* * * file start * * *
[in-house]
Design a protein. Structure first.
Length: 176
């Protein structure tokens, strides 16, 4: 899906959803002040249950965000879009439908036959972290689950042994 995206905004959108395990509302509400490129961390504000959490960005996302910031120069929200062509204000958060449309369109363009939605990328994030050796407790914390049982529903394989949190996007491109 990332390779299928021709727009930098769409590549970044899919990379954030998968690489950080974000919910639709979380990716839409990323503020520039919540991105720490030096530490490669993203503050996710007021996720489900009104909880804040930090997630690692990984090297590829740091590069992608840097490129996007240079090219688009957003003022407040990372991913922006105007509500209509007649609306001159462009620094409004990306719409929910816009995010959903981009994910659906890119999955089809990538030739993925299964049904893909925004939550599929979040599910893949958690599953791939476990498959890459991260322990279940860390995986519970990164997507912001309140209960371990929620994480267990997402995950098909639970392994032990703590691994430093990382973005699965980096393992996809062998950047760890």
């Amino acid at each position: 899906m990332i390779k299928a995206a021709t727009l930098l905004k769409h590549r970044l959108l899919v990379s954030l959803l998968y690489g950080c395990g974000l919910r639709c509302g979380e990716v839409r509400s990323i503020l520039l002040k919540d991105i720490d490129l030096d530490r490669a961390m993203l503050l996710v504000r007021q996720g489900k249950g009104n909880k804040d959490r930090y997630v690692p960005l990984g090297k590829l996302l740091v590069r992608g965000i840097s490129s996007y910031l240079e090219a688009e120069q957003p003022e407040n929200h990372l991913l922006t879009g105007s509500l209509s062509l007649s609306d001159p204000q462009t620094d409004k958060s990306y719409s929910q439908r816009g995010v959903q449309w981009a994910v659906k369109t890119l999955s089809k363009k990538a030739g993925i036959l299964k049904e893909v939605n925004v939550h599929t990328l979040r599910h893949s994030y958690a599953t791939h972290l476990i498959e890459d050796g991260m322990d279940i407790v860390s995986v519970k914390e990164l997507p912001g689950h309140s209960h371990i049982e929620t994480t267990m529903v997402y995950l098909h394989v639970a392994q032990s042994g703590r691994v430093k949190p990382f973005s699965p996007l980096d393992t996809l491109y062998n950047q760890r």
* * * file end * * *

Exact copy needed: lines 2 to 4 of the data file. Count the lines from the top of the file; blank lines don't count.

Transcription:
Design a protein. Structure first.
Length: 176
């Protein structure tokens, strides 16, 4: 899906959803002040249950965000879009439908036959972290689950042994 995206905004959108395990509302509400490129961390504000959490960005996302910031120069929200062509204000958060449309369109363009939605990328994030050796407790914390049982529903394989949190996007491109 990332390779299928021709727009930098769409590549970044899919990379954030998968690489950080974000919910639709979380990716839409990323503020520039919540991105720490030096530490490669993203503050996710007021996720489900009104909880804040930090997630690692990984090297590829740091590069992608840097490129996007240079090219688009957003003022407040990372991913922006105007509500209509007649609306001159462009620094409004990306719409929910816009995010959903981009994910659906890119999955089809990538030739993925299964049904893909925004939550599929979040599910893949958690599953791939476990498959890459991260322990279940860390995986519970990164997507912001309140209960371990929620994480267990997402995950098909639970392994032990703590691994430093990382973005699965980096393992996809062998950047760890």